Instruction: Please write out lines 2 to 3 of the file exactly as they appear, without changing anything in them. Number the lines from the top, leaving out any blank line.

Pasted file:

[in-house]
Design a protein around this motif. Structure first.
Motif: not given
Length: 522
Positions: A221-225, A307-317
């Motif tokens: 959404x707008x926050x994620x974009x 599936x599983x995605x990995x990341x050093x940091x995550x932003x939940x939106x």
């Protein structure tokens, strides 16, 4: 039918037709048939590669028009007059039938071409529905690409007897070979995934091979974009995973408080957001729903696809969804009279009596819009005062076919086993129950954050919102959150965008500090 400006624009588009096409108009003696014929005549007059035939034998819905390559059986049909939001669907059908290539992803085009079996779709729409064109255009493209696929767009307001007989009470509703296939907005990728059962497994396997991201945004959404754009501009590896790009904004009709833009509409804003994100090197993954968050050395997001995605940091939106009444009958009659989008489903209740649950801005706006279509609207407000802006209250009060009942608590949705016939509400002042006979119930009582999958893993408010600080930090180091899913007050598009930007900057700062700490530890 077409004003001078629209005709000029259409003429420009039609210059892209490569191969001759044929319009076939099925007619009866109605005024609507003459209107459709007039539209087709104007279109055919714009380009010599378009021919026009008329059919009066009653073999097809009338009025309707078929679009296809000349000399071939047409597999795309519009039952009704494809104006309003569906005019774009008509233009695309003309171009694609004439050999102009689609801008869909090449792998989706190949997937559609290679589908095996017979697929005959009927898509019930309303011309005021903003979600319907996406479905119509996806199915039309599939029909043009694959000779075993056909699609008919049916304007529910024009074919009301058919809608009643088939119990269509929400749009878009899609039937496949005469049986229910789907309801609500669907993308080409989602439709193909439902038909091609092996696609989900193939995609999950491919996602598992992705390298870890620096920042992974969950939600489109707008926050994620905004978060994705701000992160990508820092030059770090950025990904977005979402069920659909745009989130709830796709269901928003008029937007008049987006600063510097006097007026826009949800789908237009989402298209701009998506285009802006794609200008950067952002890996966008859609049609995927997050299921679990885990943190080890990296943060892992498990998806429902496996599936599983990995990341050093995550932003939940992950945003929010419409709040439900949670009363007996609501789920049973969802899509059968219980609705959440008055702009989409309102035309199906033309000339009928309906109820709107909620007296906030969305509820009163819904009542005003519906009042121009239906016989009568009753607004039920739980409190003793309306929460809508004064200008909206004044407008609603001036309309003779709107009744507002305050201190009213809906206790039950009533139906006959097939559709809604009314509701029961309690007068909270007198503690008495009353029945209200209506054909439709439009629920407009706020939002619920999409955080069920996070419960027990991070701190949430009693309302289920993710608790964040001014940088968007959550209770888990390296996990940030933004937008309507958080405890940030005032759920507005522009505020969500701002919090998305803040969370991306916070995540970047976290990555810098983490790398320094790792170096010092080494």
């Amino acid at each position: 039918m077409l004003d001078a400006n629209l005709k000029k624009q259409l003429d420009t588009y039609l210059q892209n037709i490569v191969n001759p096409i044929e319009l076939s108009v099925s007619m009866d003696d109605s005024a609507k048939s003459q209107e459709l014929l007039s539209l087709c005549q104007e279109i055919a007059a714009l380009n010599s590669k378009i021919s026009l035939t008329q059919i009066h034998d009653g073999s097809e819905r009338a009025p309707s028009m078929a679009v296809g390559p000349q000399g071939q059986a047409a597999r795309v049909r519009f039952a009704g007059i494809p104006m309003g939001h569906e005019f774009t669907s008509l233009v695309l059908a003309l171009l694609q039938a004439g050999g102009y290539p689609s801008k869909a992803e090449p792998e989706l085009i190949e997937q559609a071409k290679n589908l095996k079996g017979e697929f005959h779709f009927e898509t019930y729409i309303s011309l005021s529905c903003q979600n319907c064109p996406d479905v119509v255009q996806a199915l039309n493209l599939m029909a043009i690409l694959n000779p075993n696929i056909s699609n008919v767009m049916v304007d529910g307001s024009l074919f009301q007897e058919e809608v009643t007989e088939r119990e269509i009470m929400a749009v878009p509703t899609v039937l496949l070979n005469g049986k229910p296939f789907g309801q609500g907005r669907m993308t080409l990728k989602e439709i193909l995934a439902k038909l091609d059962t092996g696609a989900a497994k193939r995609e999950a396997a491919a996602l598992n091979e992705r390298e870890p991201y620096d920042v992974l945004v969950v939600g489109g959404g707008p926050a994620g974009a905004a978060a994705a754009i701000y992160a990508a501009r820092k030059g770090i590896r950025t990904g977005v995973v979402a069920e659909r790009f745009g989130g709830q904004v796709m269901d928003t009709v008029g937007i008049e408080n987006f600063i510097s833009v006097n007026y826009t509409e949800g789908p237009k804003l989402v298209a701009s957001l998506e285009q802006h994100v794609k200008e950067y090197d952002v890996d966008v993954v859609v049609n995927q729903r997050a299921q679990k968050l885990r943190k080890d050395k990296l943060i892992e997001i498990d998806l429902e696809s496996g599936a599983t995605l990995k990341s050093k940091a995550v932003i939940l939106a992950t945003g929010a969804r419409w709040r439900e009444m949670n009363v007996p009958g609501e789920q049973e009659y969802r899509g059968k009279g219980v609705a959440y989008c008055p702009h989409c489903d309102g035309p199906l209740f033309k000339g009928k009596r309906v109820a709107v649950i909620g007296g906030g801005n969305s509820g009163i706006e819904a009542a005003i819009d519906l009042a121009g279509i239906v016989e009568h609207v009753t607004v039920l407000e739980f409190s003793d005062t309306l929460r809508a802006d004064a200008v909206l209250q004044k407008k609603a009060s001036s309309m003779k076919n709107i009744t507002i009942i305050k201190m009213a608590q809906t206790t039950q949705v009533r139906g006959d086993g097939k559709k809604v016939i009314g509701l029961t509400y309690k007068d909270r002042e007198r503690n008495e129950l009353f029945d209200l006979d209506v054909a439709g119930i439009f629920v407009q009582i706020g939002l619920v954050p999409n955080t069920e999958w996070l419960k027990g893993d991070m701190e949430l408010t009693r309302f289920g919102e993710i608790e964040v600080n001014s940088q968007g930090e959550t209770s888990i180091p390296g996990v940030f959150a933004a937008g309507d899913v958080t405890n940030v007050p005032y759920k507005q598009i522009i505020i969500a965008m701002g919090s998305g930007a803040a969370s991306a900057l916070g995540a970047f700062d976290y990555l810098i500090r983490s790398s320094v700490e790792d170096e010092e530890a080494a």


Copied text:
Design a protein around this motif. Structure first.
Motif: not given